In the primary school system, where our students are to learn fundamental movement skills for life, it may be difficult to find ten qualified physical education specialists who are entrusted with positively reinforcing what is technically correct. Those found in the secondary schools do not have the resources, manpower to distribute the work properly, the time to correct or develop skills properly, nor in some cases the support from their principals.

What does this then mean? Our national representatives continue to practice and perform with basic flaws, and yet we expect them to compete consistently well against regional and international teams which eat, sleep and live sports, in some case, from pre-school. That leaves the question, copied from the Honourable Senator, Major St. Clair Leacock, “Are we a sport playing nation, or are we a nation who sport?”, with the Bajan meaning.

Examine the number of young people playing sports today in schools or even in your community. The number has diminished by at least 50%, due to a number of different reasons. We are already feeling the negative effects of this on our health services. We may argue that national teams of the past could have and may have competed very well against the other regional and international teams, but sports today have advanced many miles away from us. In today’s commercially dominated sports world, athletes, coaches and even competition officials are studied. This, coupled with the scientific advancement of equipment, approved enhancement substances, and training sessions, has passed us by ten leap years.

Why do we earnestly work out on our treadmills or be seen running on the roads on evenings after we are instructed to do so by our doctors? It took the physicians to show us the value of physical activity in reducing or even eliminating the effects of some ailments. It would be ironic that persons with the knowledge and the power to do something would see themselves and our nation die of ailments which we could have prevented through proper and frequent physical activity. God Forbid! We gravitate to so many things the developed world and our allies offer us, and yet we still do not replicate the positives of physical activity from them. Let’s look at Cuba, Venezuela and Mexico, countries we have very good relations with of late, they all promote physical education and sports as a national program from the pre-school level to the aged, so as to boast an active and productive work force, a health population and to produce, regularly, world class athletes, coaches and other officials who bring global recognition that has a huge spill off effect on the economy to say the least. Why can’t we catch this cold?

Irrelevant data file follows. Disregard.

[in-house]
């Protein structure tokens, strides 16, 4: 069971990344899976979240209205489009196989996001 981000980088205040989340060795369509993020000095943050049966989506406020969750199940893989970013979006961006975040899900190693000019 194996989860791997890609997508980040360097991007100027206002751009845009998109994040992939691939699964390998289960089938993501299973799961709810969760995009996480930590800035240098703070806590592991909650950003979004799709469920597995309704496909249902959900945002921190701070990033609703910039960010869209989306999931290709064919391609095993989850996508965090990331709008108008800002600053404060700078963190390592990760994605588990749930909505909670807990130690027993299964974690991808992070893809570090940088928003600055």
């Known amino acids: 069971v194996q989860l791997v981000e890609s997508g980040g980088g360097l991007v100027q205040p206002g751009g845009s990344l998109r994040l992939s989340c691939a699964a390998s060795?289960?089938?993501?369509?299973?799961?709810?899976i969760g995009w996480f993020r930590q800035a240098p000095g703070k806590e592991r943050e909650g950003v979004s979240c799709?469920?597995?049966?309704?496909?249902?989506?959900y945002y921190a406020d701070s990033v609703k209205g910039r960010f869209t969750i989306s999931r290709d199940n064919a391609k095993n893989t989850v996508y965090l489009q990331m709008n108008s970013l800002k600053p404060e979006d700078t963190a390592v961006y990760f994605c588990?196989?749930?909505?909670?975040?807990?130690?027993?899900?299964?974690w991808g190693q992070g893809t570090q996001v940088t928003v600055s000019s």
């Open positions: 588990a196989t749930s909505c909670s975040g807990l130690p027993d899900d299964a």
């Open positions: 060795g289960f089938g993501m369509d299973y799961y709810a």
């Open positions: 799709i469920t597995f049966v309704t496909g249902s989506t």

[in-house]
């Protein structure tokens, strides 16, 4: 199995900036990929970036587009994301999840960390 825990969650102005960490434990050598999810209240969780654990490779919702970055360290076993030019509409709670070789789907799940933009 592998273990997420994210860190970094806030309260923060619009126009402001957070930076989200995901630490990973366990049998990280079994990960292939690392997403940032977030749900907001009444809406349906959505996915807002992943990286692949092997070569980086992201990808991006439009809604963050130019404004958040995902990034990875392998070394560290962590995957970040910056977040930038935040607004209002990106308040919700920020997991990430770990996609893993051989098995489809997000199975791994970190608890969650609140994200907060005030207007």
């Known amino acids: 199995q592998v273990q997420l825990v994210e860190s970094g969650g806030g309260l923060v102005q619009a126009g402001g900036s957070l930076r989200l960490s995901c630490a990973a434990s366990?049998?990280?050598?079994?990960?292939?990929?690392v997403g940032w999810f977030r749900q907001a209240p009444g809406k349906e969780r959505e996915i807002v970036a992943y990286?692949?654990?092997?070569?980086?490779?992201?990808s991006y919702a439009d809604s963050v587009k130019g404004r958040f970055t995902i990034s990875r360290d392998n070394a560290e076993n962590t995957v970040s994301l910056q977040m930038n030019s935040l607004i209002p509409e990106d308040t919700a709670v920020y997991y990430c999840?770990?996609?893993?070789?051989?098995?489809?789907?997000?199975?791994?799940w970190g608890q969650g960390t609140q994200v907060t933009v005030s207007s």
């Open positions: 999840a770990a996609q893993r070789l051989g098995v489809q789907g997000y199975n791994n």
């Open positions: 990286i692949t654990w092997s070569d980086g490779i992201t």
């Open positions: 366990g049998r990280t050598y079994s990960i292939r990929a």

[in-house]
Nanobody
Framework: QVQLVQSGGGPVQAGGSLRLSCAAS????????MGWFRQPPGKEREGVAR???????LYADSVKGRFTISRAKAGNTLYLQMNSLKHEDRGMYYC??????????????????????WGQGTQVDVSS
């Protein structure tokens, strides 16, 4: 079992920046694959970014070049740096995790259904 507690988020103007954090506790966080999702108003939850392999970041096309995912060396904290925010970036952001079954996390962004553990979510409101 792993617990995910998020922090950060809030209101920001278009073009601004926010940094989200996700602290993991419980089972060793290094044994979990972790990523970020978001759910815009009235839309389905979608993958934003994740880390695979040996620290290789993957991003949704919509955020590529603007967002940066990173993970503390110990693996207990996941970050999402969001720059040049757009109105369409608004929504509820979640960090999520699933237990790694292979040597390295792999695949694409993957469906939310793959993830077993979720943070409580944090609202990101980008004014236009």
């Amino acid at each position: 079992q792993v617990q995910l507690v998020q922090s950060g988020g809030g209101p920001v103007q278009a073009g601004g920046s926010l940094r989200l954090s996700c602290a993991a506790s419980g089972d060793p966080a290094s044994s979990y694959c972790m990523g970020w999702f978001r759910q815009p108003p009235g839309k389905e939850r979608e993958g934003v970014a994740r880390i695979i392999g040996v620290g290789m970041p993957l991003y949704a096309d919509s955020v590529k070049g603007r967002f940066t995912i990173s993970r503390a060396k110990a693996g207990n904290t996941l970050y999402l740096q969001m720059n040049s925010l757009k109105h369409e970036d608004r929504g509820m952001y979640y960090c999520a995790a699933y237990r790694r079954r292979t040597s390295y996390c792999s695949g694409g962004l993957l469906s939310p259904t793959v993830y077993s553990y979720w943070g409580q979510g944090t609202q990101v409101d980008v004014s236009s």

So, again we ask, where do we go from here? Do we continue to organize competitions haphazardly, when we fancy, for basic gratification that we have completed an aspect on our annual calendar of activities? Do we continue to spend money and argue when our national teams do well inconsistently, when we know there is no grass root preparation? Do we continue character assassination and hold personal grudges and allow our youth to lose what little identity we have? Do we continue to degrade the quality and quantity of physical activity made available to the youth and leave them to the vices of drug use and abuse, alcoholism and the now rampant gun battles? Please let it be Physical Education and Sports.